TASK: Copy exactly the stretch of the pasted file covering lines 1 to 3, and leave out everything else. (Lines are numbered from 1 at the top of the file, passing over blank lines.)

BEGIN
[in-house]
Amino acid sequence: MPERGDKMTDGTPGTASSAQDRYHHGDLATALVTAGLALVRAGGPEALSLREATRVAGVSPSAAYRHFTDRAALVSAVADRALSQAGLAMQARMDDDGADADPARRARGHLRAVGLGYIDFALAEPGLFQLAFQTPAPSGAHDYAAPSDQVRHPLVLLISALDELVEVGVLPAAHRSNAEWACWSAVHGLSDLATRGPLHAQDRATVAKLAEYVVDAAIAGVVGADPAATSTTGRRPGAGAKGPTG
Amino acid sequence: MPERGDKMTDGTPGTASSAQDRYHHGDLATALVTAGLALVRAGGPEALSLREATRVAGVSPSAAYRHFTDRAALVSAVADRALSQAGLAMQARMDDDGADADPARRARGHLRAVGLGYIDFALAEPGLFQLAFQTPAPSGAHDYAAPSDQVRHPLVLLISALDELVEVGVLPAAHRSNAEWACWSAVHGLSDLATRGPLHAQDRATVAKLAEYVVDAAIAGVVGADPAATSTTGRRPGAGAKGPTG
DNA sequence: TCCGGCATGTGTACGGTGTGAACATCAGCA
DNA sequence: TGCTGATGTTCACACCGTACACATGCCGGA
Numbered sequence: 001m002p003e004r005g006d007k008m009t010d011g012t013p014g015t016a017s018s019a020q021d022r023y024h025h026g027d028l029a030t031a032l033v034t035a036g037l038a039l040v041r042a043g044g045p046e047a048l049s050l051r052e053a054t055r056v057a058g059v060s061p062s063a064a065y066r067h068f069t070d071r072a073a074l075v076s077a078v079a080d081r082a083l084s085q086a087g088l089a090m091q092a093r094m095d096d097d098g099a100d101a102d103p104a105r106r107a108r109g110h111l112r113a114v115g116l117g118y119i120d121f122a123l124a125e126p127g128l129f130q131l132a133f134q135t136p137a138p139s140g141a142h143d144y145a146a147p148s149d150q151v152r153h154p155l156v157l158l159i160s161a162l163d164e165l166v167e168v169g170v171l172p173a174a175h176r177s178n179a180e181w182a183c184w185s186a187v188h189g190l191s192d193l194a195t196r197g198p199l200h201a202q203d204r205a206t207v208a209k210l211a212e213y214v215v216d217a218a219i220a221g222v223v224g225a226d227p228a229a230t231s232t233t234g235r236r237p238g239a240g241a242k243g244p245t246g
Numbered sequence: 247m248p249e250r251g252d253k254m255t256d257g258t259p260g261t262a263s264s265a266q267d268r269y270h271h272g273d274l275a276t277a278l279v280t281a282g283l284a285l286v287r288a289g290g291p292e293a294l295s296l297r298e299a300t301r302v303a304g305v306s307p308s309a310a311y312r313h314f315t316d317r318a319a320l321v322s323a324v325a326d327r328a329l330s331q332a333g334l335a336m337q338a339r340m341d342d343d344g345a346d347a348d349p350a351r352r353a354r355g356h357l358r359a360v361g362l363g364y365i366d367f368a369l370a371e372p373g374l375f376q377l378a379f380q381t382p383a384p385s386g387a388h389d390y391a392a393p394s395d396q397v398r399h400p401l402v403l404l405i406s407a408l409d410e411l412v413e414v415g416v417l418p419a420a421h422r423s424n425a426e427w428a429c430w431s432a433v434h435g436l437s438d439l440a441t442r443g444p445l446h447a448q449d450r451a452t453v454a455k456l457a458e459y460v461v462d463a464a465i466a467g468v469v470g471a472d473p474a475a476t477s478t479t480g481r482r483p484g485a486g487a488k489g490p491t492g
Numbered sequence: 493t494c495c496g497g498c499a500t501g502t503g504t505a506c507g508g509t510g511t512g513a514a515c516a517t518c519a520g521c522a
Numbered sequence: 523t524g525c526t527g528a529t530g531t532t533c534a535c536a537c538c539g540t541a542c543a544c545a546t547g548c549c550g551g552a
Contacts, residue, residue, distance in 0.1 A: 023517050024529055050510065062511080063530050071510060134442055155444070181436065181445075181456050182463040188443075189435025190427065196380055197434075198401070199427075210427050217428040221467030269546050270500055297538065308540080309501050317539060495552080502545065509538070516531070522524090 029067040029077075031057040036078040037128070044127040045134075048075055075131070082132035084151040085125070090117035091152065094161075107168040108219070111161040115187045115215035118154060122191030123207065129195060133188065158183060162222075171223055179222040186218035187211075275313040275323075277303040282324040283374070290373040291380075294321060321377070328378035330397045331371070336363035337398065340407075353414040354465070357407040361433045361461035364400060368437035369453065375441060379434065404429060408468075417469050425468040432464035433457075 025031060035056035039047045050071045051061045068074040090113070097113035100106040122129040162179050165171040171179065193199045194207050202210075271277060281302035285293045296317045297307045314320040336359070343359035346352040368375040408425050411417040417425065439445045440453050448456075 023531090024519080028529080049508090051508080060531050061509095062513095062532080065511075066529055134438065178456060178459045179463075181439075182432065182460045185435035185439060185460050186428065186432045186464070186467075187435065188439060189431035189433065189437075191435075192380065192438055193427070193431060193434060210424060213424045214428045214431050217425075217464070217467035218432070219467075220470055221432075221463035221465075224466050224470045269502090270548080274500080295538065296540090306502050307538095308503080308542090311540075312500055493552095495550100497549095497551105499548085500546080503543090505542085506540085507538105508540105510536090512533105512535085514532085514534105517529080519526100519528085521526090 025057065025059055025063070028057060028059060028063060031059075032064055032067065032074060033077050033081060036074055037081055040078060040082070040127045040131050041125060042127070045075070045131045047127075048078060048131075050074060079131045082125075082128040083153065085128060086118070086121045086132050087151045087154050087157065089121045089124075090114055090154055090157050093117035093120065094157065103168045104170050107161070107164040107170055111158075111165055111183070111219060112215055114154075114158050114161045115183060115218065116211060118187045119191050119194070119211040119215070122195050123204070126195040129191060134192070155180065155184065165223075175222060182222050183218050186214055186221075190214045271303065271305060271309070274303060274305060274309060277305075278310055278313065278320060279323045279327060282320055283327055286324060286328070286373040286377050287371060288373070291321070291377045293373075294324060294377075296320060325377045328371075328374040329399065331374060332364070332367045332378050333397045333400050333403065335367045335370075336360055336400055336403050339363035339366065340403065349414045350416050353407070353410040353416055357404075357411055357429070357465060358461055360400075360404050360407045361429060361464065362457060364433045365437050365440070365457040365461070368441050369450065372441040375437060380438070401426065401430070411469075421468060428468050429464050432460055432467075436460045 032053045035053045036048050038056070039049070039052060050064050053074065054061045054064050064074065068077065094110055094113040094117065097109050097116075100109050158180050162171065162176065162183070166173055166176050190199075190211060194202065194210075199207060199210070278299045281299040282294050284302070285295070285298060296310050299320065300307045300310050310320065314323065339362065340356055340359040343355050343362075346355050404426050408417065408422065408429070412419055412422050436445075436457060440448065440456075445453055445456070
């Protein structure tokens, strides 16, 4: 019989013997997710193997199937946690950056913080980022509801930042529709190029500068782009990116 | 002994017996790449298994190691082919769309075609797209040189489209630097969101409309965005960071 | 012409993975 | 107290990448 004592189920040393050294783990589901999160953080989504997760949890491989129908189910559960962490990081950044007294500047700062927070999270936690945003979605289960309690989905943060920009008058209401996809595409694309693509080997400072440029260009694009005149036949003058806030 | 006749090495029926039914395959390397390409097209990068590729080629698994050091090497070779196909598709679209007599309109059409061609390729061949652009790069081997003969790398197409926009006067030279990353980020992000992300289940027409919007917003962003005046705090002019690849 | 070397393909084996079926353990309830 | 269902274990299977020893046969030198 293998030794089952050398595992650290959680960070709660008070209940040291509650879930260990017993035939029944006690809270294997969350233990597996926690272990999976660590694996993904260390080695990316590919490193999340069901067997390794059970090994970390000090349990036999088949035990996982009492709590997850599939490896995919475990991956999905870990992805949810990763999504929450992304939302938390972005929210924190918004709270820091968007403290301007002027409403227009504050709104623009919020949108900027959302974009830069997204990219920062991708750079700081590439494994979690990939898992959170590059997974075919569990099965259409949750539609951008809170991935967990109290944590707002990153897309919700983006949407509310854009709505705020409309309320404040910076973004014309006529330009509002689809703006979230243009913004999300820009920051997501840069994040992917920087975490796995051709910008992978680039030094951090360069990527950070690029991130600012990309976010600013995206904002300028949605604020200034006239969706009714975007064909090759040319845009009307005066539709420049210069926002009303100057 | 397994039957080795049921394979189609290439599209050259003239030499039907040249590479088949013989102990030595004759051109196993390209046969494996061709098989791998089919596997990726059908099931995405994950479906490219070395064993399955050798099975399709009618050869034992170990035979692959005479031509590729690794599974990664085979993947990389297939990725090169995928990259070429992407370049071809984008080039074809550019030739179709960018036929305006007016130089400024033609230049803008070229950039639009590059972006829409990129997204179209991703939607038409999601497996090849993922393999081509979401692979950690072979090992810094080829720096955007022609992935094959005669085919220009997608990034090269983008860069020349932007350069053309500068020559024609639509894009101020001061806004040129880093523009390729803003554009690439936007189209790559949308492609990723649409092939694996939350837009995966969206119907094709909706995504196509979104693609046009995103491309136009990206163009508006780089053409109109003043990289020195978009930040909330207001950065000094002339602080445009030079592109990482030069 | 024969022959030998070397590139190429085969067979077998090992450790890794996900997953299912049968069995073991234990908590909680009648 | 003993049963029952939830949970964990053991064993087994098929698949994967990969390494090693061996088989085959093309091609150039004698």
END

[in-house]
Amino acid sequence: MPERGDKMTDGTPGTASSAQDRYHHGDLATALVTAGLALVRAGGPEALSLREATRVAGVSPSAAYRHFTDRAALVSAVADRALSQAGLAMQARMDDDGADADPARRARGHLRAVGLGYIDFALAEPGLFQLAFQTPAPSGAHDYAAPSDQVRHPLVLLISALDELVEVGVLPAAHRSNAEWACWSAVHGLSDLATRGPLHAQDRATVAKLAEYVVDAAIAGVVGADPAATSTTGRRPGAGAKGPTG
Amino acid sequence: MPERGDKMTDGTPGTASSAQDRYHHGDLATALVTAGLALVRAGGPEALSLREATRVAGVSPSAAYRHFTDRAALVSAVADRALSQAGLAMQARMDDDGADADPARRARGHLRAVGLGYIDFALAEPGLFQLAFQTPAPSGAHDYAAPSDQVRHPLVLLISALDELVEVGVLPAAHRSNAEWACWSAVHGLSDLATRGPLHAQDRATVAKLAEYVVDAAIAGVVGADPAATSTTGRRPGAGAKGPTG